Boeing Australia has announced the expansion to the flight-test programme of Boeing’s Airpower Teaming System, known as the Loyal Wingman, following the completion of two separate flight missions at the Royal Australian Air Force (RAAF) Woomera range in South Australia.
Developed in partnership with the RAAF, the first Loyal Wingman aircraft serial PRV-001 demonstrated key characteristics during the test flight to expand the flight envelope of the programme, including the raising and engaging of the landing gear for the first time during flight. RUAG Australia supplied the landing gear system, with BAE Systems Australia also involved in the design, supply and support of the flight control and navigation systems.
Whilst the first aircraft was performing these tests, the second Loyal Wingman was also airborne performing its first test flight mission, this being the first time two Loyal Wingman aircraft were witnessed sharing airspace.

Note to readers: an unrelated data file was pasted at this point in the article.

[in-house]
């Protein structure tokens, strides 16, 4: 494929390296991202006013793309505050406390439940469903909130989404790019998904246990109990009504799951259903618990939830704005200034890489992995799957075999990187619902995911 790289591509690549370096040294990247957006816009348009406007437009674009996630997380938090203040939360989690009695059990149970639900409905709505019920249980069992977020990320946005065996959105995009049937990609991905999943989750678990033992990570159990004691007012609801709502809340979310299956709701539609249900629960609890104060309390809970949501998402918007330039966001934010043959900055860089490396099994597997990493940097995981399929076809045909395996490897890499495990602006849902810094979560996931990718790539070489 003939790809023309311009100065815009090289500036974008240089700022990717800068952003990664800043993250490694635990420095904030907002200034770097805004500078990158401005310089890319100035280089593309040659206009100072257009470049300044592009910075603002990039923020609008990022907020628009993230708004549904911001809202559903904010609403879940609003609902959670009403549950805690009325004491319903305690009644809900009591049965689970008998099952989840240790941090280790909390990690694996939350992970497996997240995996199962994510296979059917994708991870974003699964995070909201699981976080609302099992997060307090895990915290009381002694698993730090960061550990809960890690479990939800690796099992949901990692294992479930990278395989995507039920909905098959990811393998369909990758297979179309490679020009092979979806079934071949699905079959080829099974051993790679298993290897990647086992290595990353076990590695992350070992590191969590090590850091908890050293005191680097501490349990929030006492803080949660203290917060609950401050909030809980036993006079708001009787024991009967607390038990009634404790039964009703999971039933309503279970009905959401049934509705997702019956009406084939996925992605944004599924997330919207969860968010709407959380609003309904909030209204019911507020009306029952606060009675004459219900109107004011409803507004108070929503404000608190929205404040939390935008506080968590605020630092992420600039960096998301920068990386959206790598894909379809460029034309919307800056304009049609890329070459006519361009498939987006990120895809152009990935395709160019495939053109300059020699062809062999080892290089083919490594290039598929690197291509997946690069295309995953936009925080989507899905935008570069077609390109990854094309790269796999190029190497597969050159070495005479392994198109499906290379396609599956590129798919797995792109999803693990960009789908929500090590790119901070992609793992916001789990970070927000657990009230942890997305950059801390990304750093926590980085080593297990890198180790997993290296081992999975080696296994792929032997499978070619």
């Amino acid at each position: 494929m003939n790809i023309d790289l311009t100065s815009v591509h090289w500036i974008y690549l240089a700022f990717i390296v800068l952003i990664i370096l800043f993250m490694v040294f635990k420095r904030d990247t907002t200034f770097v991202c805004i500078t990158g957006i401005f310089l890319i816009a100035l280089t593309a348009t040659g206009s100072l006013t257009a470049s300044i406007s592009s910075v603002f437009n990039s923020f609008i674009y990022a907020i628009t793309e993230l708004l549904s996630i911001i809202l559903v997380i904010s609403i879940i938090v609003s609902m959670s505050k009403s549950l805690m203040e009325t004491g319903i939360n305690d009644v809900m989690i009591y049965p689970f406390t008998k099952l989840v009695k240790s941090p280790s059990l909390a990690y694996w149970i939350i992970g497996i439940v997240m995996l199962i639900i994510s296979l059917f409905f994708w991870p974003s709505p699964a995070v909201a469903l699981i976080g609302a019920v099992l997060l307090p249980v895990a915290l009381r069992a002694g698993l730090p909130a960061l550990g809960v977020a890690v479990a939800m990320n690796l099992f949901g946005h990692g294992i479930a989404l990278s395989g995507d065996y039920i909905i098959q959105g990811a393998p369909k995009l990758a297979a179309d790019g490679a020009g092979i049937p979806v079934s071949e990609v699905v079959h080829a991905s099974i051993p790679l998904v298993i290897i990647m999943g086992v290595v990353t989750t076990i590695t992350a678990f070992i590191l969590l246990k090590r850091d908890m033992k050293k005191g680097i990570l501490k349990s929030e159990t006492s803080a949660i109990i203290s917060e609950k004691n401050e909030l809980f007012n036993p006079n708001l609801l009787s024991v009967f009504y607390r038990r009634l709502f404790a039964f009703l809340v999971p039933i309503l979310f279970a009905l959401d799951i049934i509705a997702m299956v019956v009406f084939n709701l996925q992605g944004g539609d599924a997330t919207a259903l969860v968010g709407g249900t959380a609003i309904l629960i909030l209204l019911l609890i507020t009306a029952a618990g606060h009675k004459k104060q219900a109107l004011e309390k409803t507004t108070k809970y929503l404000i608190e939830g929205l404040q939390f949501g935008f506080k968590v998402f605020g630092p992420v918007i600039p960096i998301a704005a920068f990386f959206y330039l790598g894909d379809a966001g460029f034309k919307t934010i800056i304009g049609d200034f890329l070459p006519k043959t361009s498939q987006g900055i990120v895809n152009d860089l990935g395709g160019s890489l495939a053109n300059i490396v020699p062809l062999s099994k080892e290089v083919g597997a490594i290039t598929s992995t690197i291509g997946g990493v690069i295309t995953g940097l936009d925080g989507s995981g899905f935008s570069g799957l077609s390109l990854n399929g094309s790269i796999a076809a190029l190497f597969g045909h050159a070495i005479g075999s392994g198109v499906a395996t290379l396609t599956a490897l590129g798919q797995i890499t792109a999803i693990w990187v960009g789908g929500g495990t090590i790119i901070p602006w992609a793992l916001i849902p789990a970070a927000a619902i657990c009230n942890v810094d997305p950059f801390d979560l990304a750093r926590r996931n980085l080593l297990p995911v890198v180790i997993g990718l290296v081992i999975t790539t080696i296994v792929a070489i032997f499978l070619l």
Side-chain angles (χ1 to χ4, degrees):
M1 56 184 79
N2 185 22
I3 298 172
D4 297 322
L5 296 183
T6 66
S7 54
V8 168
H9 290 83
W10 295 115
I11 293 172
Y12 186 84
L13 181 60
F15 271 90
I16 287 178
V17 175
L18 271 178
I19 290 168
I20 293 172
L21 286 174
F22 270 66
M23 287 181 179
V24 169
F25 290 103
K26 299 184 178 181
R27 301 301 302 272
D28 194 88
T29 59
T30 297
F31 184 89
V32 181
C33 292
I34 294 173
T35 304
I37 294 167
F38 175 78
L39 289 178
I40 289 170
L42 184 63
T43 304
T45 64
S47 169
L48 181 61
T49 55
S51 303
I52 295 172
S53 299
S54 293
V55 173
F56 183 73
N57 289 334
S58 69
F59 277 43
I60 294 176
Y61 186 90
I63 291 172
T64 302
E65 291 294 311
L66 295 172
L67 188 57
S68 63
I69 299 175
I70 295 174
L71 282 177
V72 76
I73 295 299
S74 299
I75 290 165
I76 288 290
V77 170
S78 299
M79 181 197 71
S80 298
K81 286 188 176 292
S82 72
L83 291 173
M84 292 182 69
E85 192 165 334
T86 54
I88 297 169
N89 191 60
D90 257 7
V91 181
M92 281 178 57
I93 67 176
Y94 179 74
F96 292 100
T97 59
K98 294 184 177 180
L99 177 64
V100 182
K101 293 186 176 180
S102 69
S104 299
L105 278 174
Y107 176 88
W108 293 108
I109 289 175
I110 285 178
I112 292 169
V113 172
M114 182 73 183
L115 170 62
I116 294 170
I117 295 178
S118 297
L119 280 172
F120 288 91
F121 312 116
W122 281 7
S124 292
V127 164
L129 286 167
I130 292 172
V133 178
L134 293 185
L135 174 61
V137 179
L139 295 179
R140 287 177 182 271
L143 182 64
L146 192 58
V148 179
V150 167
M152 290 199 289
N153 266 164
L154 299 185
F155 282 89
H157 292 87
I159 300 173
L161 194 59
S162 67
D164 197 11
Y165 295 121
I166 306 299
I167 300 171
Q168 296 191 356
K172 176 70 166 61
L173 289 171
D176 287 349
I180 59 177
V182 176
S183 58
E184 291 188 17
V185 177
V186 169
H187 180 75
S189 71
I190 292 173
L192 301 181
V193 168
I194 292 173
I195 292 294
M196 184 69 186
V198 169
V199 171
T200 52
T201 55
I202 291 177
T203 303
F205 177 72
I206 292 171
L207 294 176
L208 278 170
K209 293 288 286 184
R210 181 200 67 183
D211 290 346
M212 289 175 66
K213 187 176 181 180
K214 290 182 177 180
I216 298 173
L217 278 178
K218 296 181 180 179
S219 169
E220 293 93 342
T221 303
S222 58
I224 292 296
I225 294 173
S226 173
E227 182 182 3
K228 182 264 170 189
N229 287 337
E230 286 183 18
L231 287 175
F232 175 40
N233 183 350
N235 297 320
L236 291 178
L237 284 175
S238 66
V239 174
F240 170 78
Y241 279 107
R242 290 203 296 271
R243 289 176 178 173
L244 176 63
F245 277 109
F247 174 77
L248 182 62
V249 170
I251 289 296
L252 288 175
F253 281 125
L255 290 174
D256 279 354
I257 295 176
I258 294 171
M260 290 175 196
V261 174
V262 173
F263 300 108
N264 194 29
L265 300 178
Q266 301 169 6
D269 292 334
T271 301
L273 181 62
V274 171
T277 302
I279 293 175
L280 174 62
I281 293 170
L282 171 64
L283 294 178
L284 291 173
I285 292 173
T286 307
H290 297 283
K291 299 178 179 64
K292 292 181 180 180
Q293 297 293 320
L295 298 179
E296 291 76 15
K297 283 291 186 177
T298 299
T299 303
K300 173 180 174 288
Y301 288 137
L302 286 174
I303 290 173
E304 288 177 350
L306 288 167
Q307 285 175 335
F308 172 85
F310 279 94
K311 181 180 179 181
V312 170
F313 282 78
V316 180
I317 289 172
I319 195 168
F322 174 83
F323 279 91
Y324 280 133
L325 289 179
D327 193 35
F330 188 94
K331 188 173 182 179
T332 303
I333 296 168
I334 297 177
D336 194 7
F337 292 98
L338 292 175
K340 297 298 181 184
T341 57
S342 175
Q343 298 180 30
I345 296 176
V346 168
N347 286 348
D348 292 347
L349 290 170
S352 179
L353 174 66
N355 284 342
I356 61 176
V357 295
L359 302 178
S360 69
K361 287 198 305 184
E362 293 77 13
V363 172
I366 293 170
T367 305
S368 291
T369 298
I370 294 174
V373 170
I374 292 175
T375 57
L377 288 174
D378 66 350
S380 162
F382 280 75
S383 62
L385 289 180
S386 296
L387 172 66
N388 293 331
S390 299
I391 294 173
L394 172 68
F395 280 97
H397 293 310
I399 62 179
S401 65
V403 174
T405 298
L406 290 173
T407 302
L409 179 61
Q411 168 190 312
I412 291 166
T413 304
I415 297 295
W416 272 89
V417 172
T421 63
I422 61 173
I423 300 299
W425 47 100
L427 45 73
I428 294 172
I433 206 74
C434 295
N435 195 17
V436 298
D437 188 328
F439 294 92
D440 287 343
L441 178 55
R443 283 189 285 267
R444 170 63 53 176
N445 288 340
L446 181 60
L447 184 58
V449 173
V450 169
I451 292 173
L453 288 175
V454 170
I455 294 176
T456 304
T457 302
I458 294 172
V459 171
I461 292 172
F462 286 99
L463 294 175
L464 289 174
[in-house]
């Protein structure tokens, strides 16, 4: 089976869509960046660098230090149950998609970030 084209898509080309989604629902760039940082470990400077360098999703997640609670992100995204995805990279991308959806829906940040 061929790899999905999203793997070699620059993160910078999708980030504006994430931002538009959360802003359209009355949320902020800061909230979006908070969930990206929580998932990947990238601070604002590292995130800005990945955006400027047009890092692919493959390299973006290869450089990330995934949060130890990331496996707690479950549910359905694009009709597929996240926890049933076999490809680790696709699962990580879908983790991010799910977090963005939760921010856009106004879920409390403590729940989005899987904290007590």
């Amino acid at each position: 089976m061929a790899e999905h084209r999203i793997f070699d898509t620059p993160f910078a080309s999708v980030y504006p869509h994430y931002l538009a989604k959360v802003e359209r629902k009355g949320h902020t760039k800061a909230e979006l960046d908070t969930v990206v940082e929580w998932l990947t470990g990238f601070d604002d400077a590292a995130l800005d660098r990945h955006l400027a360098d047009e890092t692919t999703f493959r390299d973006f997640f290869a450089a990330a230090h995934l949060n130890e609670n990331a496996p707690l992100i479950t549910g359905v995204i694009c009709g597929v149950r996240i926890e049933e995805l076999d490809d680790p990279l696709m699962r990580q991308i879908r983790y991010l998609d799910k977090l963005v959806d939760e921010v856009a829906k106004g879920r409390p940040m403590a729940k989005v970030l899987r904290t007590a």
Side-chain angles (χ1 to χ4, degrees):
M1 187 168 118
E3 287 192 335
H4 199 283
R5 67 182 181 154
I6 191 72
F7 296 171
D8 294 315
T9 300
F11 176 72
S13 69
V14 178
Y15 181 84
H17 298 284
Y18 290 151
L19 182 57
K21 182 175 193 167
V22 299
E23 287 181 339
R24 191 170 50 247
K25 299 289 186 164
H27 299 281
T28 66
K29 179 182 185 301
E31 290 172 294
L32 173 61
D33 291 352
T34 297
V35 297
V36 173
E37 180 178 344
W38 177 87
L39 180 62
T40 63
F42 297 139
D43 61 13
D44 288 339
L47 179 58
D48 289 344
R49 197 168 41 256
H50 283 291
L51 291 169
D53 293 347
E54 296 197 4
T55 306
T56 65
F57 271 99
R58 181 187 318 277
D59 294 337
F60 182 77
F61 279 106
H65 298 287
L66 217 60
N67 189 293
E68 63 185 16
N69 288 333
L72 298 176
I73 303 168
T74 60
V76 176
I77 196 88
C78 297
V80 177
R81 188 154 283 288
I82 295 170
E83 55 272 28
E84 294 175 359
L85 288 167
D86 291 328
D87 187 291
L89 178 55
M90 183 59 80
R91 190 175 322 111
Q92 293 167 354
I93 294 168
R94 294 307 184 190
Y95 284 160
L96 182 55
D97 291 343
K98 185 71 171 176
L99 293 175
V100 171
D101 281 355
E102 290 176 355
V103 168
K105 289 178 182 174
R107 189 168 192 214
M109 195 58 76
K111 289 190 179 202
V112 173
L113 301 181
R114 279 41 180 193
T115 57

In a November 4 release from Boeing, AVM Cath Roberts, RAAF Head of Air Force Capability, said: “It is so exciting seeing two aircraft in the air as the Loyal Wingman continues to excel in the flight-test programme. This opens up significant capability agility for [the RAAF], particularly with features such as the reconfigurable nose.”
Roberts added: “We’re heavily engaged in the payload development and the element of surprise that it gives us in the battlespace. You never really know what’s in the nose.”
Throughout both test flights, personnel from Boeing and the RAAF gathered data on the aircraft’s performance. The data gathered will then be utilised to refine the digital twin of the Boeing Airpower Teaming System.
The concept of the Loyal Wingman is to either fly solo or alongside other air assets for roles such as force multiplication and power projection.